In this video, we are going to talk about NAD, what it is, why it’s thought to be involved in the aging process, and ways to possibly increase your NAD+ levels.
Please understand, in this video, I am not giving you medical advice. This is meant for general information and educational purposes only.
What is NAD+?
NAD stands for nicotinamide adenine dinucleotide. It is required for over 500 enzymatic reactions throughout the body. NAD plays key roles in the regulation of almost all major biological processes. But what most people care about as far as NAD is concerned is that it might allow us to lead healthier and longer lives.
NAD+ controls hundreds of key processes from energy metabolism to cell survival, rising and falling depending on food intake, exercise, and the time of day.
NAD+ levels steadily decline with age, resulting in altered metabolism and increased susceptibility to numerous diseases. It has been shown that restoration of NAD+ levels in old or diseased animals can promote health and extend lifespan.
That’s the theory behind NAD boosters. By raising NAD+, NAD+ boosters could have profound effects on the health and survival of mammals.
Ways to boost NAD+
Caloric restriction extends lifespan and prevents chronic diseases in a range of organisms, including yeast, worms, flies, mice, rats, and perhaps in monkeys and humans. It has been suggested that caloric restriction, by increasing the levels of intracellular NAD, could stimulate sirtuin activity and extend the lifespan of organisms.
I recently discussed a study that showed that older adults with above-average amounts of exercise had NAD levels essentially equivalent to younger adults in their 20s to 40s.
The approach that has attracted most attention in clinical research involves stimulation of NAD+ synthesis by supplementation of NAD+ precursors.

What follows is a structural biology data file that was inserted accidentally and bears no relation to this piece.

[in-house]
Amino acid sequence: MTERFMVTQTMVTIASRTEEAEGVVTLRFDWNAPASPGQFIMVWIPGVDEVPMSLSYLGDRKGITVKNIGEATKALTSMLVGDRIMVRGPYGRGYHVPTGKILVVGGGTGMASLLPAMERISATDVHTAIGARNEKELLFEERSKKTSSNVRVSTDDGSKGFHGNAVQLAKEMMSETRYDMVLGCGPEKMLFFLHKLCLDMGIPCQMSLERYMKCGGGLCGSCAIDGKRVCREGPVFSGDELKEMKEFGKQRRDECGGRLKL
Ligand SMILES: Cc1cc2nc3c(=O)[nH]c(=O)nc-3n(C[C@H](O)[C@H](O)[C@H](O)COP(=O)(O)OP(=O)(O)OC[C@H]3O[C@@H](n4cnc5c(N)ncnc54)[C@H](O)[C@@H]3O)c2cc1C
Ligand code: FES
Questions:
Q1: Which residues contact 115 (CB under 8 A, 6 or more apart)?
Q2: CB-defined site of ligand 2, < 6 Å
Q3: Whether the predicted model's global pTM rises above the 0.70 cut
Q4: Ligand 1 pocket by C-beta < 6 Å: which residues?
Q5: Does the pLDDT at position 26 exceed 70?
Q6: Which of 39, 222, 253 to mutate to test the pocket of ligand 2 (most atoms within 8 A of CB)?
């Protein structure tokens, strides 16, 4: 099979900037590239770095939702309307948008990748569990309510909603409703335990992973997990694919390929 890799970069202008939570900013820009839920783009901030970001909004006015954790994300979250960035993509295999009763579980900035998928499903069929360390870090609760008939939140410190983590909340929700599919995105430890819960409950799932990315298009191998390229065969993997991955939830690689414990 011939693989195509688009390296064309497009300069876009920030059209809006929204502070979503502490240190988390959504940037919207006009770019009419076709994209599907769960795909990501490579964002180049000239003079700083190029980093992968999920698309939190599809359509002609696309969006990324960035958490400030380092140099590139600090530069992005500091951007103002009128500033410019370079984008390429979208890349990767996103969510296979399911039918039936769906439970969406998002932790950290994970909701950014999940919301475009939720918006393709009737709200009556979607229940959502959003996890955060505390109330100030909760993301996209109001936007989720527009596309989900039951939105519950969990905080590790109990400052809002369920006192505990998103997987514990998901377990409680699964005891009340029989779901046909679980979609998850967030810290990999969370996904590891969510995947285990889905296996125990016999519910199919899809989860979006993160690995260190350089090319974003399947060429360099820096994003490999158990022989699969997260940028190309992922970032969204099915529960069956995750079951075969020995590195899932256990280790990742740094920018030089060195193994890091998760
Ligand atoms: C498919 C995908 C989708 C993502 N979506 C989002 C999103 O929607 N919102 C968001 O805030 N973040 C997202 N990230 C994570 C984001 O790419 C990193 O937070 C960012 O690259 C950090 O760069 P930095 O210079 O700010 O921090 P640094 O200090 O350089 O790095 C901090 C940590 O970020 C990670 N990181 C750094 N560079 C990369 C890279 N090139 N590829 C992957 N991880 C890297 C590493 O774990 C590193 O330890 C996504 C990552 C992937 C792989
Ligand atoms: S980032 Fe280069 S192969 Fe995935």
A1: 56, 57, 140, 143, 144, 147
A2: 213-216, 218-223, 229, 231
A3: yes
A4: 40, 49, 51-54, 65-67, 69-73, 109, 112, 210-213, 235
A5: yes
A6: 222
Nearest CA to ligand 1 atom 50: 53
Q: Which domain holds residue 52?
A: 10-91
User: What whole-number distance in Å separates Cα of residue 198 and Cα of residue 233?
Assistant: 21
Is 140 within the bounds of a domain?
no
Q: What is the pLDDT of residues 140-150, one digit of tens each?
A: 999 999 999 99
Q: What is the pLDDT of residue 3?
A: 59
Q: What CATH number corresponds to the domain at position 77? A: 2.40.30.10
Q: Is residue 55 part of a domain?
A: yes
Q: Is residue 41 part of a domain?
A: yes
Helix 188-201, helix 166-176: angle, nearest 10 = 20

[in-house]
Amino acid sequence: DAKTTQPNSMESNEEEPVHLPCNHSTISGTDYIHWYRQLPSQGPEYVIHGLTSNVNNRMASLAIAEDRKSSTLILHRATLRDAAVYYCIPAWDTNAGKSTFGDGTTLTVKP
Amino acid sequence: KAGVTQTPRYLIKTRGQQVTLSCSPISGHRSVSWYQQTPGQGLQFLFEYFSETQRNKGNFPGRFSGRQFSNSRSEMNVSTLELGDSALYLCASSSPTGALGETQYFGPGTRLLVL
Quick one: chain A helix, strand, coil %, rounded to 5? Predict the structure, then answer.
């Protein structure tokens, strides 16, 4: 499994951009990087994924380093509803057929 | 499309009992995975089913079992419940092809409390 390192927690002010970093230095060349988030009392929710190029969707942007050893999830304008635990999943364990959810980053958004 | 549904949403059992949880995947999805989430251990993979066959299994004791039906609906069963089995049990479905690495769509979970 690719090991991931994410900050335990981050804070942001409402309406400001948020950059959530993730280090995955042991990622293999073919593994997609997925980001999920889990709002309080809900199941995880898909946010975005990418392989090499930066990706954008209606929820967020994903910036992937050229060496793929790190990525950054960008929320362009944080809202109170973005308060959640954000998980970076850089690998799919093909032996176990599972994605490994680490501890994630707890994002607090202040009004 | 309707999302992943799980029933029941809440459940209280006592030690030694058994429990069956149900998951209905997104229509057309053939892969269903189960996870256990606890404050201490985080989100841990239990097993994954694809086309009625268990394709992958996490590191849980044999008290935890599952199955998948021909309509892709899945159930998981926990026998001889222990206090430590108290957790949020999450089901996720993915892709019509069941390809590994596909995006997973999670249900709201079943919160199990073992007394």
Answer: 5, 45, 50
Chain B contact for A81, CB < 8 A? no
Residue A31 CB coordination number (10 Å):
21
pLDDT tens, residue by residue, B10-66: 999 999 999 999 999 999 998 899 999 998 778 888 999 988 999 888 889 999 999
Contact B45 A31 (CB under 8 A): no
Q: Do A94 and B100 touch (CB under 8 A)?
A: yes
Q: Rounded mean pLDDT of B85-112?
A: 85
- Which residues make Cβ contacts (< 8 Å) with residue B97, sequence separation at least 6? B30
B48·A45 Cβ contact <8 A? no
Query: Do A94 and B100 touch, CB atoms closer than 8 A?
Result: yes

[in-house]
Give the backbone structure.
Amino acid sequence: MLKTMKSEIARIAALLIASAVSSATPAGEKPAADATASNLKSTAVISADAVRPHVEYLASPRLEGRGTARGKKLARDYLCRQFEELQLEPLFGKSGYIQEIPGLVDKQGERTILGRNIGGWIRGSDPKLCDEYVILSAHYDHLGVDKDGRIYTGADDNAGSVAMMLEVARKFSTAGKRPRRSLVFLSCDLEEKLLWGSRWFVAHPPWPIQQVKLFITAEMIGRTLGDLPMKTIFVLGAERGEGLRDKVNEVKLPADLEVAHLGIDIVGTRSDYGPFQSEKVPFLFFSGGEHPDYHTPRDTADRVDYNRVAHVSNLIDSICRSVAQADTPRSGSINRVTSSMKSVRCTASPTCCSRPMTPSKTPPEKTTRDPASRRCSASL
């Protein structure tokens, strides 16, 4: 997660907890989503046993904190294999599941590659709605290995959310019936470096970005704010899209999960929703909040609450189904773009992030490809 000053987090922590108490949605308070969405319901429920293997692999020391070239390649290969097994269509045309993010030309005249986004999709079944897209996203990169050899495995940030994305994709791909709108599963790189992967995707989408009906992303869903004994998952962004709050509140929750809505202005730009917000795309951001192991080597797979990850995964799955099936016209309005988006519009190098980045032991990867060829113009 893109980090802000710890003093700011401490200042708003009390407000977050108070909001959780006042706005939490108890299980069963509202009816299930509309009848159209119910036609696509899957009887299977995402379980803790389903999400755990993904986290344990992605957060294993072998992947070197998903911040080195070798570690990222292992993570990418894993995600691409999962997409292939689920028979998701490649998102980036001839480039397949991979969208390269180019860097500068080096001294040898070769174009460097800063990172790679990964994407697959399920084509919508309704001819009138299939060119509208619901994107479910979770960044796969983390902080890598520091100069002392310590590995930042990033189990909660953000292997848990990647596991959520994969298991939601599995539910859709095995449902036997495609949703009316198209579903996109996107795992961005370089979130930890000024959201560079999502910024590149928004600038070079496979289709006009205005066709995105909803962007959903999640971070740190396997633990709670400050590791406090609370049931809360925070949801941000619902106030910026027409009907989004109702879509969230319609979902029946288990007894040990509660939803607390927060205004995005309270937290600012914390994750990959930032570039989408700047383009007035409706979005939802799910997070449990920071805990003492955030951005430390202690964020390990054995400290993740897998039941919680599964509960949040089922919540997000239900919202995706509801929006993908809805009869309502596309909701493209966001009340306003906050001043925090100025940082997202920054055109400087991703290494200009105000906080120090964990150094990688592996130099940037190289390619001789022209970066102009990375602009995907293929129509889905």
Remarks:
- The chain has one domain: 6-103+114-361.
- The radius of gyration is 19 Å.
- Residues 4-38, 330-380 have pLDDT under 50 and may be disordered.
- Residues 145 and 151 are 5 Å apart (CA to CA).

Effects of NAD+ boosters on health
Again, consider the fact that NAD+ depletion is a common factor in numerous diseases. Several studies have been published in which NAD+ repletion by means of supplementation with NAD+ boosters has been successful in ameliorating the outcomes of neurodegenerative disorders, metabolic diseases, and age‐related complications.
Given the critical nature of these pathways in the liver, the maintenance of NAD+ levels is imperative for optimal organ function. In pre-diabetic mice, the NAD precursor NR improved glucose tolerance, reduced weight gain, liver damage and prevent and reverse the development of nonalcoholic fatty liver disease.
Reduced levels of NAD+ in aged kidneys and a corresponding decrease in sirtuin activity are largely responsible for reduced kidney function and resilience with age. NAD precursors appear to prevent age-related and toxin-related kidney damage.
Treatment of old mice with NAD+ precursors, such as NR and NMN, dramatically improves muscle function. For example, treatment of old mice with NMN reverses detrimental age-associated changes in muscle, by increasing mitochondrial function, increasing ATP production, reducing inflammation, and switching type II muscle to a more oxidative fiber type.